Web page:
Terms and Conditions

  • The session is purely for Mum and siblings, no cousins or family images will be taken. 
  • The number of images is dependent on the little/s one on the day, but you can expect 10- 15 images in your online gallery as a rough guide.
  • Due to the time limited nature of the session where a child may become shy or unwilling no guarantees are offered to provide a specified number.
  • You can purchase any extra images for £5 each. Images include print permission to print as you wish.
  • The images will be sent via a download link /Dropbox
  • If your child becomes unwell or upset, we may reschedule at the photographer’s discretion.
  • Due to studio size, I ask that only parents can attend (a max of 2 adults per time slot.)

ready to book? follow this booking link to secure your slot now!

https://jesswilkinsphotography.as.me/schedule.php?appointmentType=8811757

I can’t wait to see you in the studio!

Jess x

 

Mummy and me Norwich


Maternity Photographer Norwich

7 things you might have forgotten about having a newborn

7 things you might have forgotten about having a newborn

 

It’s so easy to forget each precious stage as they flash by before your eyes, but something I hear frequently from second time mothers and fathers is how much they had forgotten by the time baby number 2 arrives. So, I thought I would compile a list of 5 things to remind all you expectant second time mothers and also to prepare anyone in round one!

Baby photographer Norfolk

  1. Prepare to google ‘Can I die from sleep deprivation’ It hurts, it makes your body ache and its akin to torture. You exist in a weird mystical fog of forgetfulness and with no idea what the day is and even if it is day or night. You might forget the date your baby was born or maybe their name, who you invited round that afternoon and where you left your last cup of cold tea (cold tea is another point, read on!) It’s brutal, but it also jam packed with that wonderful thing oxytocin and it passes.

 

  1. The Love is like nothing you have ever known. The link between you and your baby is powerful, the dull ache you feel through your whole body when your baby cries, the desperate itch to whip them back to you if anyone hugs them for too long. The strange sensation for breastfeeding mummies of twingy boobs if your baby cries. Its magical stuff, my hubby didn’t experience this, but I did, anyone else out there too?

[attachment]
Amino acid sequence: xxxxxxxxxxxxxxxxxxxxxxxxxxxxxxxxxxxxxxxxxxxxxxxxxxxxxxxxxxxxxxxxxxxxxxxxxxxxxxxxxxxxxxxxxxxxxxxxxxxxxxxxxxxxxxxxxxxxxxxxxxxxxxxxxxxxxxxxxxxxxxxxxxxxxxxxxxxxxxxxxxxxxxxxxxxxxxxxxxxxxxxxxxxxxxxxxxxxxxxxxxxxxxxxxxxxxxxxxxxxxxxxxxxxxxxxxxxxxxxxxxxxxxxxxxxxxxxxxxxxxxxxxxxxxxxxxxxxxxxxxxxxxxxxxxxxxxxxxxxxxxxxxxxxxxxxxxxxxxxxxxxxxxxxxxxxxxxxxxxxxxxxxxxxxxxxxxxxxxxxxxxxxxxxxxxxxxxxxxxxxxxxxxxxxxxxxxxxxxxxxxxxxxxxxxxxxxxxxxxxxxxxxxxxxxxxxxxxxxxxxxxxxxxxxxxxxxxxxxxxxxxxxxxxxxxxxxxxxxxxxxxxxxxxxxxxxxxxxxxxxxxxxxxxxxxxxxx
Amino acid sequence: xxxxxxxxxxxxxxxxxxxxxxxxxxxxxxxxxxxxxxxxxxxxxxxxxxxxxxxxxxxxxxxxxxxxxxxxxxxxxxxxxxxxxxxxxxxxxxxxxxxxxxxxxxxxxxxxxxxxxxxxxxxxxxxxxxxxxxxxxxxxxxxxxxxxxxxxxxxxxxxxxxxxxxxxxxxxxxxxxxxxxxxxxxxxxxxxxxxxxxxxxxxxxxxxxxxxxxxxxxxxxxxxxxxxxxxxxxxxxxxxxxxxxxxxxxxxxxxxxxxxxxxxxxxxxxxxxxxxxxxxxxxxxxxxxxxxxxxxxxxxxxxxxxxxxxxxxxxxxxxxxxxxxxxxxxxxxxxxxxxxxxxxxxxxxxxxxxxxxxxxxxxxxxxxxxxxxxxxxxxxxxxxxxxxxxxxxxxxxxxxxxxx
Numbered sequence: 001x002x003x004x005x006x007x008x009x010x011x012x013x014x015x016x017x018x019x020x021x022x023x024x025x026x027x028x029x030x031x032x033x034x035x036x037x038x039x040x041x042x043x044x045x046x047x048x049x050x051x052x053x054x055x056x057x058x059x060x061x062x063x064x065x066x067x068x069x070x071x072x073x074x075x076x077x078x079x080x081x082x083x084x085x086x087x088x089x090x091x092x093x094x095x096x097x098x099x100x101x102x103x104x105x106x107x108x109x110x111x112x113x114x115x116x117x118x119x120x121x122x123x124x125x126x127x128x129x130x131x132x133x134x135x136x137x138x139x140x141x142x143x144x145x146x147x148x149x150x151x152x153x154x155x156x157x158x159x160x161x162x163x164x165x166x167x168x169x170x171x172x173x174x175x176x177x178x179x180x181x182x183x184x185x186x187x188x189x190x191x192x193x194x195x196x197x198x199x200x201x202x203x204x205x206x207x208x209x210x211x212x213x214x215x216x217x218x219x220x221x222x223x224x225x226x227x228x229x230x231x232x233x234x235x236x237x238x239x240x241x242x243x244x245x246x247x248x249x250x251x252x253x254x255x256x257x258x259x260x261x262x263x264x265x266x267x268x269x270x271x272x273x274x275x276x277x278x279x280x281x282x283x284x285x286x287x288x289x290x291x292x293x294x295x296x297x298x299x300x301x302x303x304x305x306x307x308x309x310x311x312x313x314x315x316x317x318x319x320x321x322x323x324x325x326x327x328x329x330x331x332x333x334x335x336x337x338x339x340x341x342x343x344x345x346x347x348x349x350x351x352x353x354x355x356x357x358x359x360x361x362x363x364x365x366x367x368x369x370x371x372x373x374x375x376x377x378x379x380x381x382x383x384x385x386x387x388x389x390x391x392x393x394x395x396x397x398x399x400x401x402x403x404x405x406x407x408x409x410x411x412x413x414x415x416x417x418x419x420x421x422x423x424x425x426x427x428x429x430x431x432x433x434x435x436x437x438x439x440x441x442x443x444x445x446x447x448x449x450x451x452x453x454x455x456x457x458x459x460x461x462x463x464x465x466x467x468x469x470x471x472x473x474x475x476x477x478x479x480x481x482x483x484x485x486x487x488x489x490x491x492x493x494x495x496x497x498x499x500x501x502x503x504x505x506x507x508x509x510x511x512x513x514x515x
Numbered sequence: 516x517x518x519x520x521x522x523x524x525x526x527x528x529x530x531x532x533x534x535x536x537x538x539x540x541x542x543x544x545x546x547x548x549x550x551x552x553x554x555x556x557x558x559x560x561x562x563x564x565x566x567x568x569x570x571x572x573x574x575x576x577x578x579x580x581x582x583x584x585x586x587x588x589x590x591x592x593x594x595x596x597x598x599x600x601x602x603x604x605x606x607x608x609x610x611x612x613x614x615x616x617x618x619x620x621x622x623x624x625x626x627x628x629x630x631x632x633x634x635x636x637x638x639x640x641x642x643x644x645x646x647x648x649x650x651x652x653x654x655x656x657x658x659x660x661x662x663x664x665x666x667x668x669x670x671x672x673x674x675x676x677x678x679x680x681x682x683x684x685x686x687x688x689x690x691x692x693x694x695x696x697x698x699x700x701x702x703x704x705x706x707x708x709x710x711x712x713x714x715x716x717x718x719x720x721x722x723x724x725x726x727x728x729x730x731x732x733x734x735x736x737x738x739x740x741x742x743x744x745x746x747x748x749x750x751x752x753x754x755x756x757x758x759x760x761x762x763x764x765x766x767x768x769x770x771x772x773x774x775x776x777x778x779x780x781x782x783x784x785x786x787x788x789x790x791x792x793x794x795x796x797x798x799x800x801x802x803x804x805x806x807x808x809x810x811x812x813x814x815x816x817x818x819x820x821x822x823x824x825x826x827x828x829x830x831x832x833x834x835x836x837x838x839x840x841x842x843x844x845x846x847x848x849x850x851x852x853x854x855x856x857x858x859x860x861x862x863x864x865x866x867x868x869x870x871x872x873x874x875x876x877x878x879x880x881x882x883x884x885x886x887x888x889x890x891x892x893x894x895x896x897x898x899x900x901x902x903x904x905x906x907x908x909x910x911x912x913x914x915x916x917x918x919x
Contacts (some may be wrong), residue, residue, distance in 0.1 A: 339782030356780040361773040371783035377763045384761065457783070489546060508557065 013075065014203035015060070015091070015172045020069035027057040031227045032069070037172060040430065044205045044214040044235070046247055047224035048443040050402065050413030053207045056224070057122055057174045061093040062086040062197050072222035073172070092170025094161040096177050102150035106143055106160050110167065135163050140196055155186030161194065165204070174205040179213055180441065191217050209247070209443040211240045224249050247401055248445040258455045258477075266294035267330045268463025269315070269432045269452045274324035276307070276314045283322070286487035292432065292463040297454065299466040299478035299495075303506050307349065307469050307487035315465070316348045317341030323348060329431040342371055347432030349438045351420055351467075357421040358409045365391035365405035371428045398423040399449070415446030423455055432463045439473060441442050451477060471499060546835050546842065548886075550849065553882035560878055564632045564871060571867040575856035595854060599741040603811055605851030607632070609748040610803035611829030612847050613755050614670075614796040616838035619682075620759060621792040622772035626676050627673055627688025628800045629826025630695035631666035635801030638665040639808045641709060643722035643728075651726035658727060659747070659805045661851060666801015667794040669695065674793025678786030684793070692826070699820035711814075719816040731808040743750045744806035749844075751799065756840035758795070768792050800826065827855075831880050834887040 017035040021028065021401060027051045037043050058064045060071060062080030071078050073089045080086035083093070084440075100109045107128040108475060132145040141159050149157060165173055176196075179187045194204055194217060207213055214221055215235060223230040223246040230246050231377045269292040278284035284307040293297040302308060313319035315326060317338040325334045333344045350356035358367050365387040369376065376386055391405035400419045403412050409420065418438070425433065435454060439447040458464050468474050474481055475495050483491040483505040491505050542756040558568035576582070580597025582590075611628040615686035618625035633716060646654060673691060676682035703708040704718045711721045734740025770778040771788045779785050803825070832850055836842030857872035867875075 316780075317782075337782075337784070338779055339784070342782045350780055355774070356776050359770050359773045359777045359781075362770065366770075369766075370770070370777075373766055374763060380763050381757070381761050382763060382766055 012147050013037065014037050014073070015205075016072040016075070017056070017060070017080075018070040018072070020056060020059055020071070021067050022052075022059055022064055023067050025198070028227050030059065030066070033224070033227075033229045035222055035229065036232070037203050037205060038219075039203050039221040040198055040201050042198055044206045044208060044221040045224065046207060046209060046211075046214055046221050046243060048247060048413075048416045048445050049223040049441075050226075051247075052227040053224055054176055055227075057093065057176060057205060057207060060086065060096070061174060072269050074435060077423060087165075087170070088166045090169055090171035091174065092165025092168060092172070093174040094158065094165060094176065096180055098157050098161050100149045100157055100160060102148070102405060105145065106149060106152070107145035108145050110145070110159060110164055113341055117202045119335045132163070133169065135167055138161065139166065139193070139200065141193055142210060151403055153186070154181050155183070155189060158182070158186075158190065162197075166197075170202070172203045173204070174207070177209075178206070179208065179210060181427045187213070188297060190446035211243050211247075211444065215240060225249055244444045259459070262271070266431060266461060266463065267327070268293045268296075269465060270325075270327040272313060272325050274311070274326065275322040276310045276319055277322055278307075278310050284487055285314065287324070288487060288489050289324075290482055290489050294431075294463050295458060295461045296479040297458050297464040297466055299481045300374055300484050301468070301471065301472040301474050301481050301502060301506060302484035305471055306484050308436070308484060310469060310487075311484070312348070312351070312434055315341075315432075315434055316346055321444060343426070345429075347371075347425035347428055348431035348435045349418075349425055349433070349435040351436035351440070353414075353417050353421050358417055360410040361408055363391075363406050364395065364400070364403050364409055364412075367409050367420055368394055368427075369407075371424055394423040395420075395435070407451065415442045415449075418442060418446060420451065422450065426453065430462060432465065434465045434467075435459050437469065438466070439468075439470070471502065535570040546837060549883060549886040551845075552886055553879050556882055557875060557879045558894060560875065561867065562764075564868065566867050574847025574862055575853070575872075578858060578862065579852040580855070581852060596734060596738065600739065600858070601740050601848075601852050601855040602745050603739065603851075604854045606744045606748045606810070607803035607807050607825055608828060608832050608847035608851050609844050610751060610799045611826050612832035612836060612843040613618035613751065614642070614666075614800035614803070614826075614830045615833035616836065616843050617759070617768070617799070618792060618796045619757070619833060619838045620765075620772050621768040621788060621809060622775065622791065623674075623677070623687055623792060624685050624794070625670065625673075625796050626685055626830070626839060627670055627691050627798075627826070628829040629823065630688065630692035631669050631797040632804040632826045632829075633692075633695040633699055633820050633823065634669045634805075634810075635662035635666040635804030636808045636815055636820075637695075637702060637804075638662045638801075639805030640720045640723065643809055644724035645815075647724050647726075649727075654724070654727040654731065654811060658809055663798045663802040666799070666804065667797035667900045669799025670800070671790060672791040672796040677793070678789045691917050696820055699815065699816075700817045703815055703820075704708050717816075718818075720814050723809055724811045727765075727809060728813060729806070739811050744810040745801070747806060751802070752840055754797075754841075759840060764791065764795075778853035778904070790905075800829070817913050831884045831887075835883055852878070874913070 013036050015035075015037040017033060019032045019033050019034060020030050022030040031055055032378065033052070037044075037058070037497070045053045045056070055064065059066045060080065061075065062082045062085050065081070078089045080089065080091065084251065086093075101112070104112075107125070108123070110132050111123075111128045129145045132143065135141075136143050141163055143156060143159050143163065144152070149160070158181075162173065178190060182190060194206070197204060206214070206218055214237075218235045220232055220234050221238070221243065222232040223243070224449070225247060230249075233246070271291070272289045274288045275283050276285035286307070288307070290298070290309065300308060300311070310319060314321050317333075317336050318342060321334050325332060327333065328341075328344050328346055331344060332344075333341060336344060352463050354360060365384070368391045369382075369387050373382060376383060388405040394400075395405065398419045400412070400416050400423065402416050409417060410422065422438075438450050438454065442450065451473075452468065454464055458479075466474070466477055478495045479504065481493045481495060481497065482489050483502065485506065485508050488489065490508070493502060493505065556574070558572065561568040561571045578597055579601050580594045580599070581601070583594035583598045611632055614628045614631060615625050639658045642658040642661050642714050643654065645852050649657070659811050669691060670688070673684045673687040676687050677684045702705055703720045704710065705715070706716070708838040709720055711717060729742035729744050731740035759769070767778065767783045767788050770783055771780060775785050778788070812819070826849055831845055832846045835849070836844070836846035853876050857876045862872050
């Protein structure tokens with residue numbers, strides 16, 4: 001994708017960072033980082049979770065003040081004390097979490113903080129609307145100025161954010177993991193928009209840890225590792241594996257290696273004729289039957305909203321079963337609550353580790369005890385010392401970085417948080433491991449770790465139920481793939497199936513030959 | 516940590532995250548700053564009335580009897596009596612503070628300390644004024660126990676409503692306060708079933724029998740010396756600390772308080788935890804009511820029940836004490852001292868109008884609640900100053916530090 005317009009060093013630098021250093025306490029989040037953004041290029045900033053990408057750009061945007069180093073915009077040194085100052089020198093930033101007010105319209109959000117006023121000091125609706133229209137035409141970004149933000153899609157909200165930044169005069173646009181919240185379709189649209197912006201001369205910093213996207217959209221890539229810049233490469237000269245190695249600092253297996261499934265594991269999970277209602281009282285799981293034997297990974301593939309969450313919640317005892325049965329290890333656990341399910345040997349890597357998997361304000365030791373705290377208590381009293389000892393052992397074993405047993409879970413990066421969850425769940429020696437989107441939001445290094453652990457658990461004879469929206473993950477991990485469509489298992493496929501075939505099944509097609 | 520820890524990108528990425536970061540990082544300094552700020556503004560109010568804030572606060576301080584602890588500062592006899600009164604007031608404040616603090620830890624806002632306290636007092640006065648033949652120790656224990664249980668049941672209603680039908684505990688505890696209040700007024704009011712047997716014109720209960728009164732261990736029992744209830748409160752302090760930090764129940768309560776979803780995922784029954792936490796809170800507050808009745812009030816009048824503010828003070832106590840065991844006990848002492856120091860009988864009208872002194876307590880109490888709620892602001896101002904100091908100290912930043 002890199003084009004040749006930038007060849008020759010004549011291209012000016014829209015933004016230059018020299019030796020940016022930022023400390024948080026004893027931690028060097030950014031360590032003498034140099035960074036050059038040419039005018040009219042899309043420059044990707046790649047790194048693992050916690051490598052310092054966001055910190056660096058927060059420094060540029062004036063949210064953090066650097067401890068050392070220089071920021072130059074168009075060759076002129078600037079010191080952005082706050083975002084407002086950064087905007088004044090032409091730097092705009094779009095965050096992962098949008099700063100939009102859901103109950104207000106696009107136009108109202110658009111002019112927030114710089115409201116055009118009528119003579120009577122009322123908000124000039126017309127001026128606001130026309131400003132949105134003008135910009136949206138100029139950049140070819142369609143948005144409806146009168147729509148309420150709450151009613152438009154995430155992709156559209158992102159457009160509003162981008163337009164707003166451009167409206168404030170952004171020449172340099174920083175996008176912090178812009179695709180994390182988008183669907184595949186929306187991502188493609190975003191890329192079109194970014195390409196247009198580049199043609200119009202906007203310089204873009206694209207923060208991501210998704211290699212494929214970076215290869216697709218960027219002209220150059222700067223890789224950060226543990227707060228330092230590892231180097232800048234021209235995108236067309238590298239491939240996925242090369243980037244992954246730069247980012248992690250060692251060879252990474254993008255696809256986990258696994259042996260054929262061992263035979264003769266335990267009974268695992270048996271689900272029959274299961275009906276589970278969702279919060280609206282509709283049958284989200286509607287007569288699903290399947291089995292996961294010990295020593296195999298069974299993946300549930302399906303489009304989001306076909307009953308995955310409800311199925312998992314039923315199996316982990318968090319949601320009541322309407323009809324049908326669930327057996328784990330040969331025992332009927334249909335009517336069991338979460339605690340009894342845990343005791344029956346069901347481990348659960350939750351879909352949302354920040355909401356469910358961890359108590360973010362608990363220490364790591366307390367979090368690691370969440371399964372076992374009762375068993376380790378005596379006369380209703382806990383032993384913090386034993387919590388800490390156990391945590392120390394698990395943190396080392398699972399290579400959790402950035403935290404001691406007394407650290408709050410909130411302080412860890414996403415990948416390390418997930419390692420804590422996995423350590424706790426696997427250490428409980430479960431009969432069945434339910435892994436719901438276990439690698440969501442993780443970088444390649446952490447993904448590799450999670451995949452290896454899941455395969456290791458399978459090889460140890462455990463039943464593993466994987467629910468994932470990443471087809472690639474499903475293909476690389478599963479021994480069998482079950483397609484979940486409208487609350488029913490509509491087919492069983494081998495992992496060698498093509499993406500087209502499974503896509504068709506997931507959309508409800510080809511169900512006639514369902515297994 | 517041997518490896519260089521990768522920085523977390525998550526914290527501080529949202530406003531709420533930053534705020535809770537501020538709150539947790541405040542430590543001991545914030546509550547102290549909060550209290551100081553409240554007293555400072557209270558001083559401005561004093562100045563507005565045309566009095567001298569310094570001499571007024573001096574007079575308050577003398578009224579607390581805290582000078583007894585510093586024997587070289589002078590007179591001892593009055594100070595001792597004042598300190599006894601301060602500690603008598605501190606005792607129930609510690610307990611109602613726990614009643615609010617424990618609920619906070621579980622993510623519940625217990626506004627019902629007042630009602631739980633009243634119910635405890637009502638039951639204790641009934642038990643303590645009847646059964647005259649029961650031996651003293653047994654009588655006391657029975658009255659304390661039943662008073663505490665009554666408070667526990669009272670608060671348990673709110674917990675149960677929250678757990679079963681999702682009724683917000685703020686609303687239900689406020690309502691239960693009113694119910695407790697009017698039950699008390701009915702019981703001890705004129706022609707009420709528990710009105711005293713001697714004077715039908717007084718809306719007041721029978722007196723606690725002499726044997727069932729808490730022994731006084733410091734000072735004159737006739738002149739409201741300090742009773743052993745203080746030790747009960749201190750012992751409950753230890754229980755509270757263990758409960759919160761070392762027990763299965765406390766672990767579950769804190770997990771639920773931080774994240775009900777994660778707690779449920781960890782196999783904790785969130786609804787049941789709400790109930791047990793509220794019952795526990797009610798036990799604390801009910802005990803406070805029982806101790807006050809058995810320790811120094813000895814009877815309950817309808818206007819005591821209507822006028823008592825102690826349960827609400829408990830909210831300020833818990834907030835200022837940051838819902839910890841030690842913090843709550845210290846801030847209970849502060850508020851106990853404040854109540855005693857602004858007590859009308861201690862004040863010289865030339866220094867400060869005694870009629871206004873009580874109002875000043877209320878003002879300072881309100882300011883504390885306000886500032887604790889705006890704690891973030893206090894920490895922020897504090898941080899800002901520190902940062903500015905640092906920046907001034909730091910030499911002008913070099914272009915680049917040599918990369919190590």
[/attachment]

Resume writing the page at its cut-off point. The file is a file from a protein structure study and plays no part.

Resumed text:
1. It’s just a phase. How hard it is to remember that with a new-born. Endless nights of colic or maybe cluster feeding, illness, screaming or just no reason behaviour. It feels like the end will never be in sight. But with retrospect, it doesn’t last forever and it’s a rite of passage that all parents stare desperately at one another in the middle of the night and pep talk one another

 

  1. How to hold a new-born! This is a funny one, you’d think as parents of an older sibling that you have been there and done that, that’s its something you don’t forget, well I can assure you that while you will eventually get the hang of it those first holds put you under enormous pressure, which brings me to a sub-point of point 4! The enormity of being responsible for new life is just the same as first time around. To keep them alive and kicking – adhering to all the rules and regulations and advice as set out by everyone around you (authorities and family) It’s hard but remember you can do this!

 

  1. Cold tea. Your tea will not be hot when you drink it for a long time. There is no way around this.

 

  1. Never ever say out loud, or in your head that you are nailing something. As we all know, the minute your baby hears you they will immediately move the goalposts and you will have no idea what is going on. Be it sleep, feeding, routine, smiling, rolling you name it. They can smell parents celebrating success!

 

  1. In those hazy first days, it feels like no sleep, no hot tea, no routine and no idea will be your life forever, but, just remember, you will re-enter the normal world at some point. So, try to enjoy being home in a new-born bubble. Because as we all know ‘It’s just a phase’

Family baby photographer near me

And just to add – you will love this baby as much as your first , you may even feel sad about it not just being you and your first born.  But that soon went when Lila arrived, the emotions we feel as parents are so mixed and varied. Every journey is different but im pretty sure whatever you feel , someone else is feeling/ felt  the same. The fact that  we worry,  if we are doing a good job means we are!

 

If you are having your 3rd , 4th, 5th etc baby i’d love you hear from you and have you guest blog !

 

Jess

Newborn baby photographer Norwich


PARENT

A Happy Family Christmas: the realistic way - guest blog

A Happy Family Christmas: the realistic way – guest blog by Sam James 

 

 

Christmas time with babies and young children can be a magical time. It can also be a stressful time. Parenthood is an ongoing wrestle between ideal expectations versus the reality, and Christmas can be a stark reminder of this. That’s why I am going to share my 3 top tips to help you to create a realistically happy Christmas for you and your family.

 

I remember our son’s first Christmas and I had put so much pressure on myself to have the ‘perfect’ Christmas, fuelled by my perception of what all my new mummy friends were preparing and what the world of adverts, films and social media were telling me Christmas should be like.